I have to learn to not be hard on myself about the misses.  I can’t entertain, hold, clean and fix everything for her and I have to be okay with her being upset about that sometimes.  It makes it easier to accept the rough parts of the days when there are so many hits of the days to look back on and appreciate.

The mornings we stay extra long in bed pulling the covers over our heads to play with a flashlight.  Dancing in our living room for hours on end stomping, twirling and shaking with laughter and songs.  And closing each day with reading books, snuggles and kisses.  There are so many moments when it’s just me and Parker, when I am completely present with her.  In those moments she heals me from the chaos of life, problems in the world and the grown up worries which consume my mind most other waking hours of the day.  For now though, I had better go finish my collage while she takes her nap.

Under The Covers

Under The Covers

Like Mother, Like Daughter and Daughter

“You have to slow down and watch what you are doing,” the words escaped my mouth echoing from my own childhood.  My mom would calmly and assertively interfere in careless actions or growing frustration with this statement.  Now decades later with my own child it seems an automatic response, my mom’s words filtering through my mouth.  When I first noticed this and other comments I have relayed to Parker, I couldn’t help to stop and think I am turning into my mom.

I know this thought evokes a comedic horror for many, the idea of resembling parents.  For me, the thought of turning into my mom carried a chuckle in a different sense, there is no way I can live up to who my mom is.  It would be a blessing if I could maintain a portion of her patience, an ounce of her generosity, or a sliver of her organization.  I envy her diligence and work ethic while I have mastered procrastination – efficiency under pressure.  She is the most dependable person you will encounter, and since she is a horrible liar you know you can trust exactly what she says she will do.  There are so many incredible characteristics my mom emulates, it wouldn’t be a burden to be more like her.  So I guess if I mimic some of her phrases, that’s just fine with me.

Nana & Parker

Nana & Parker

If I do my job right, decades from now, Parker won’t mind repeating my words either.  These days she is constantly cracking me up with the things I tell her for encouragement or warning which get reflected back to me.  Parker congratulates me with “Good job Mommy,” when I use the toilet.  She cautions me to “Be careful Mommy,” when I am mopping and the floor it wet.

I so appreciate the statements from both my mom and my daughter.  It’s a small reminder of the beautiful generations of women in my family, strong influences who have shaped who we are and how we think.

Not Quite Ready To Grow Up

My Bye Bye Bye Baby post (here) may have been a little too premature to celebrate. I boosted about Parker’s progress in potty training, going without a pacifier and abandoning her crib all in one week. Turns out she is not exactly ready to shed her baby skin completely. Maybe it was too much too soon and once the thrill of it all was gone she decided growing up isn’t all it’s cracked up to be… At least I feel that way sometimes.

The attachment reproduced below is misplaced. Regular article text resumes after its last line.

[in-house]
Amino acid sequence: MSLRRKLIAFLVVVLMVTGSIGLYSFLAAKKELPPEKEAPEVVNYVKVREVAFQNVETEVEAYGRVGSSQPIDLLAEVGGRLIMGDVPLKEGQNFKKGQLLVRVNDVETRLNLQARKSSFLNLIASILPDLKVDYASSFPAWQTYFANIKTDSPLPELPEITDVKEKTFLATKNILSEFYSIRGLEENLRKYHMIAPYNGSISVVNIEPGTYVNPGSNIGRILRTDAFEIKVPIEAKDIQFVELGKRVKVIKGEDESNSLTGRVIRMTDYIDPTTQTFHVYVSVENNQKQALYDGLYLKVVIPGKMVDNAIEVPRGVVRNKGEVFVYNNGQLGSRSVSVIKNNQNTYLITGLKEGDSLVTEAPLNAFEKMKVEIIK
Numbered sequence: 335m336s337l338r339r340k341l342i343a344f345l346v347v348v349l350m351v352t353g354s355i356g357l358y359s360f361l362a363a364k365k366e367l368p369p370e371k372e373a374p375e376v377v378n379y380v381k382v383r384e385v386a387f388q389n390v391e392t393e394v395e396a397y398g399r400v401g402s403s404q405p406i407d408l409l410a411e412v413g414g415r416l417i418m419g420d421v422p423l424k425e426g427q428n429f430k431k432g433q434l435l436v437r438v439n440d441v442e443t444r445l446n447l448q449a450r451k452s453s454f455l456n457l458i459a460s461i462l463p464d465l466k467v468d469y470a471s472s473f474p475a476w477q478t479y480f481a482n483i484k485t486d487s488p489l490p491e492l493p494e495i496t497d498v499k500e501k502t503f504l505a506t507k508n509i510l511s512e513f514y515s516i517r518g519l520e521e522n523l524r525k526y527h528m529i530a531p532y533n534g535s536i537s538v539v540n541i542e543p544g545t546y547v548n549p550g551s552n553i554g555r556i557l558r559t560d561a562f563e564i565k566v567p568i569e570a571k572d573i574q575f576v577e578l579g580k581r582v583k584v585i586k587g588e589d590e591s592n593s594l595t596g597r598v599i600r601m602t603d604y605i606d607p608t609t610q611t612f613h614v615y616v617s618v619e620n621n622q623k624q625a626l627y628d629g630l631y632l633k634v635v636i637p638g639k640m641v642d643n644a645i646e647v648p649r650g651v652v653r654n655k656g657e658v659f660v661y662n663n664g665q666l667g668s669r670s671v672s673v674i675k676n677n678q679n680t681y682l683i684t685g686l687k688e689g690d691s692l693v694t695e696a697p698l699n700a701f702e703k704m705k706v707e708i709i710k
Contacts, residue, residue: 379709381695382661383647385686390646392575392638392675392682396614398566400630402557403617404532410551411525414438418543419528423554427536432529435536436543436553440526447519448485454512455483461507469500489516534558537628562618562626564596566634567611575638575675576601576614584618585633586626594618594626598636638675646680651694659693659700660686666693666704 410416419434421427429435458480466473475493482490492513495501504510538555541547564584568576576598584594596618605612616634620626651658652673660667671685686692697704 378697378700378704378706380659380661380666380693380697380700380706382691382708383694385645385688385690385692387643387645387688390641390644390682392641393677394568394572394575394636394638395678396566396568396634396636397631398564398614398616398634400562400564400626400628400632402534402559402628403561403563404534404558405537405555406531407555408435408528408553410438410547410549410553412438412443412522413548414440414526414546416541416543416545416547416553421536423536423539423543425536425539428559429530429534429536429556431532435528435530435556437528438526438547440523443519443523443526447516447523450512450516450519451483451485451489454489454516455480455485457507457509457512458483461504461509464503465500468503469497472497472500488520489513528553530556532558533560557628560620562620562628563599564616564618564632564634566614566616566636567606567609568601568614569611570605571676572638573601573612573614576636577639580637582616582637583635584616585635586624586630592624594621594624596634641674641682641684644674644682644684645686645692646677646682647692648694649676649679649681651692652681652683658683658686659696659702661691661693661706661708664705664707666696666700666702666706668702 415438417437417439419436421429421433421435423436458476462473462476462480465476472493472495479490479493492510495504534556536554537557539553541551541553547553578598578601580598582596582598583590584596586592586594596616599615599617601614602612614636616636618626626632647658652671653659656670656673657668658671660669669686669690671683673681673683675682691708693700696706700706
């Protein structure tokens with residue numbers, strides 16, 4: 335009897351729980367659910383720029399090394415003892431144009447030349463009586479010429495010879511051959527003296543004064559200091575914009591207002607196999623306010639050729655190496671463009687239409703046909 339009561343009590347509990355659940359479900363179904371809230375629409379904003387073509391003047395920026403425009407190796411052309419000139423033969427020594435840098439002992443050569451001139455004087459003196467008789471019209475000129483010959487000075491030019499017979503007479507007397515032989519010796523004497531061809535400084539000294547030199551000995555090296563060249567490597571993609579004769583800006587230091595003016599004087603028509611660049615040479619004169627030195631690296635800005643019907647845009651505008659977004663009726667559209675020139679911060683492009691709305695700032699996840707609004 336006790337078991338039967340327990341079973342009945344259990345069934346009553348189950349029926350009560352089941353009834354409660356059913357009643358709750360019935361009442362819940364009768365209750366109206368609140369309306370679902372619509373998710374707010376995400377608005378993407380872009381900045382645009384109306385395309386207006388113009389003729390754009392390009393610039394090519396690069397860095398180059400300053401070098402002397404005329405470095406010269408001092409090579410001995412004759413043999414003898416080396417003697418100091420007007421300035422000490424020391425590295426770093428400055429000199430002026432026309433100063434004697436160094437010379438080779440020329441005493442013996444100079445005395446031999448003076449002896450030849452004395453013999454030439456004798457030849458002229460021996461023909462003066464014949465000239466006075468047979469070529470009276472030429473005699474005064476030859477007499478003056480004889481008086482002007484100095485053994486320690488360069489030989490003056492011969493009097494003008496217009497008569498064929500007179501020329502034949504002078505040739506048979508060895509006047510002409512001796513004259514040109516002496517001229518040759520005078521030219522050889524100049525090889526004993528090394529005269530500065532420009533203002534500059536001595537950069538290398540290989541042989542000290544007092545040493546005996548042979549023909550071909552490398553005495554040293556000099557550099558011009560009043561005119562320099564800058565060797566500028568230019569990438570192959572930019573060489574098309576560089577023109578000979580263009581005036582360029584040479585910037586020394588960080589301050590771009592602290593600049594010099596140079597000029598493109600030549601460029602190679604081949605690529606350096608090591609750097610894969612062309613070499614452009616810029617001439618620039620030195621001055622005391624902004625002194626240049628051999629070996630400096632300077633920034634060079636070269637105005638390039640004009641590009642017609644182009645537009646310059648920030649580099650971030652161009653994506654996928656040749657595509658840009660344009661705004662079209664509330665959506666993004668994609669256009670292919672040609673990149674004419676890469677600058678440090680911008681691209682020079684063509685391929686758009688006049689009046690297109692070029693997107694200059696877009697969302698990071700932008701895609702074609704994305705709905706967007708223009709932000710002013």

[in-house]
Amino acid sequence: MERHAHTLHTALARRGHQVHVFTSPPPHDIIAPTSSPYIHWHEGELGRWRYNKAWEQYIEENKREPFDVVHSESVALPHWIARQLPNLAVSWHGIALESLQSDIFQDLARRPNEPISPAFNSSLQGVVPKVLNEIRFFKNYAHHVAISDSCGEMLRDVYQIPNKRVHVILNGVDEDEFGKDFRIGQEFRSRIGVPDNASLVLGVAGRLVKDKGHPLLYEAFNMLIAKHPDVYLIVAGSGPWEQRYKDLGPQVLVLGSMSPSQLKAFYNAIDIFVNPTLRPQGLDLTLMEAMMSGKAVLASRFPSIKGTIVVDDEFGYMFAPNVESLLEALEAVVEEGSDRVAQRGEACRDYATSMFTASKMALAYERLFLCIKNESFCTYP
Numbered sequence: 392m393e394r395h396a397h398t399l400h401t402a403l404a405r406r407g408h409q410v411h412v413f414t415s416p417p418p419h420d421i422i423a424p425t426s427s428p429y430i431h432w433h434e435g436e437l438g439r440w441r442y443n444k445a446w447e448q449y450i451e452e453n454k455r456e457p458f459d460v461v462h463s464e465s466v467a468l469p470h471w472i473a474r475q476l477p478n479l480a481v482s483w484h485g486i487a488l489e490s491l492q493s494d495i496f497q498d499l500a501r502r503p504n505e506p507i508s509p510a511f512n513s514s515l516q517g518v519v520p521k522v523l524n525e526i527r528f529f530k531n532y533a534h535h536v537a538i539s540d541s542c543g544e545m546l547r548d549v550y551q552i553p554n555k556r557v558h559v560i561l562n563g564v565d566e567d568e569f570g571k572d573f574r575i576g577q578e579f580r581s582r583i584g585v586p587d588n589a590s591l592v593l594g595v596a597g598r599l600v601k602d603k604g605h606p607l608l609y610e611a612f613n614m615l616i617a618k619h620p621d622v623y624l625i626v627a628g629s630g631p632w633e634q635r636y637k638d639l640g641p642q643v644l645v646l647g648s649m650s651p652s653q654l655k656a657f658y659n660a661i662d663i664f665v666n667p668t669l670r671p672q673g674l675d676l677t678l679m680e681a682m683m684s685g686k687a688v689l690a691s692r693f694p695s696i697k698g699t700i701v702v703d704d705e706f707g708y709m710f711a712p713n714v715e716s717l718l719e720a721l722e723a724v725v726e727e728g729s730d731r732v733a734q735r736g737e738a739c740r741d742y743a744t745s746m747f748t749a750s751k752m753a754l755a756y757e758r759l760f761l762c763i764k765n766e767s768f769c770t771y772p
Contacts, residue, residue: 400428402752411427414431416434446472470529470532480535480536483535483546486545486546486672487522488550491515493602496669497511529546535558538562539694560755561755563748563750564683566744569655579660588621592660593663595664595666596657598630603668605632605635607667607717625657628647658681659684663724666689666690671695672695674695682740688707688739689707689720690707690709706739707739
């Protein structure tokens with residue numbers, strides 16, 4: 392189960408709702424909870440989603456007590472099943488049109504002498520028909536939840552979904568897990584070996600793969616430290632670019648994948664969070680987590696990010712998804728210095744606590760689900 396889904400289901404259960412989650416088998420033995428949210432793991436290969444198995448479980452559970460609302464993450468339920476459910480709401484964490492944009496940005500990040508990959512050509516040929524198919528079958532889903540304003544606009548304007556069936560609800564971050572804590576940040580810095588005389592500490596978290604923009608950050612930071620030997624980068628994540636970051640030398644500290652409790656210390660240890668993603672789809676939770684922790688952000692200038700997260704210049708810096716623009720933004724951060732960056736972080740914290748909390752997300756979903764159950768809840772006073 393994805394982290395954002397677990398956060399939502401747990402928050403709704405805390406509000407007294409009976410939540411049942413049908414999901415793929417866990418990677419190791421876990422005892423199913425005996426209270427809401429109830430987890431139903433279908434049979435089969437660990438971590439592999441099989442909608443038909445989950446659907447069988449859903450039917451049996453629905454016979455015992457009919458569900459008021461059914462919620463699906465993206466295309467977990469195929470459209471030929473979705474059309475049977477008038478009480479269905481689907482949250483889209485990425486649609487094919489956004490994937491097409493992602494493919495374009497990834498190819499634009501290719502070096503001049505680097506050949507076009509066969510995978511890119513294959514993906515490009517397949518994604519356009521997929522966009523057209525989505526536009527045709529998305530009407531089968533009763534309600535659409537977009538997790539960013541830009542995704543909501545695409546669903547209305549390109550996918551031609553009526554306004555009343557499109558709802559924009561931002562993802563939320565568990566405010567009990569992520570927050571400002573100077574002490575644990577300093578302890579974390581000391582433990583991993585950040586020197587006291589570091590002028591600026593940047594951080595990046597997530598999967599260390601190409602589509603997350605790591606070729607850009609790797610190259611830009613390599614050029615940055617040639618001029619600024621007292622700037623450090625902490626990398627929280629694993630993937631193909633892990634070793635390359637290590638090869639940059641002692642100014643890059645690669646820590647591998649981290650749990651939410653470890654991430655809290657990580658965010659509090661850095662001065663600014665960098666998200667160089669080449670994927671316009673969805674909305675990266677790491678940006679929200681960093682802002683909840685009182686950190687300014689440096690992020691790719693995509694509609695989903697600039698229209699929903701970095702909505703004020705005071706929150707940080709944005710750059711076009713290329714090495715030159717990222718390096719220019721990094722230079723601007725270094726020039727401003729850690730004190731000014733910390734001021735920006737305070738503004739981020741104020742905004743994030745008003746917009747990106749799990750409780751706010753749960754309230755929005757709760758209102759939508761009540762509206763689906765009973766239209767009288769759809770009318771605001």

PJ did well in her toddler bed for several nights, maybe even a full week, with no problems. And amazingly she still called in the morning, from her room, to let me know she was up instead of charging through the door. Taking naps in the new bed became a challenge, as predicted, she petifully looked at me with her head tilted to the side reporting “I’m not tired mommy, I don’t want to take a nap.” Then as I told her she could just lay down for some quiet time then (hoping a change in the name might change her attitude), this frequently ignited a brief crockadile teared tantrum clearly insinuating the need for a nap. For days Parker was able to escape taking naps just for the simple fact of not being able to keep her horizontal long enough to doze off.

Eventually Parker began leaving her room in the morning too, discovering she could hop right into mommy and daddy’s bed when she wakes up. It was fun at first, a little bit of snuggle time before breakfast. Then morning after morning she came in earlier and earlier until our usually late sleeper was now rousing each morning at 6AM. Too tired to even calculate how we were going to curb this new behavior and determine who was going to have to adjust – her or us – then the night of doom happened.

The day was normal, the nighttime routine was normal, by all accounts she appeared healthy and content when I put her down to bed. Then two hours after she had been sound asleep she woke up crying. Daddy addressed her crying and she went back to sleep, two hours later the same thing only this time we had gone to bed and she met me at my bedside. The rest of the night was more up and down, screaming at my bedside and exhausting any idea of what could be wrong. It felt like I was back to having a newborn to care for again except this newborn sprung from bed and hopped into my face to let me know she wasn’t sleeping. We took her temperature, rocked, changed pull-ups, drank milk, laid in her bed, and tried for about an hour of the night to see if she would sleep in my bed. The night was a blur of activities, screaming, scattered sleep and no clear idea of why it was all happening.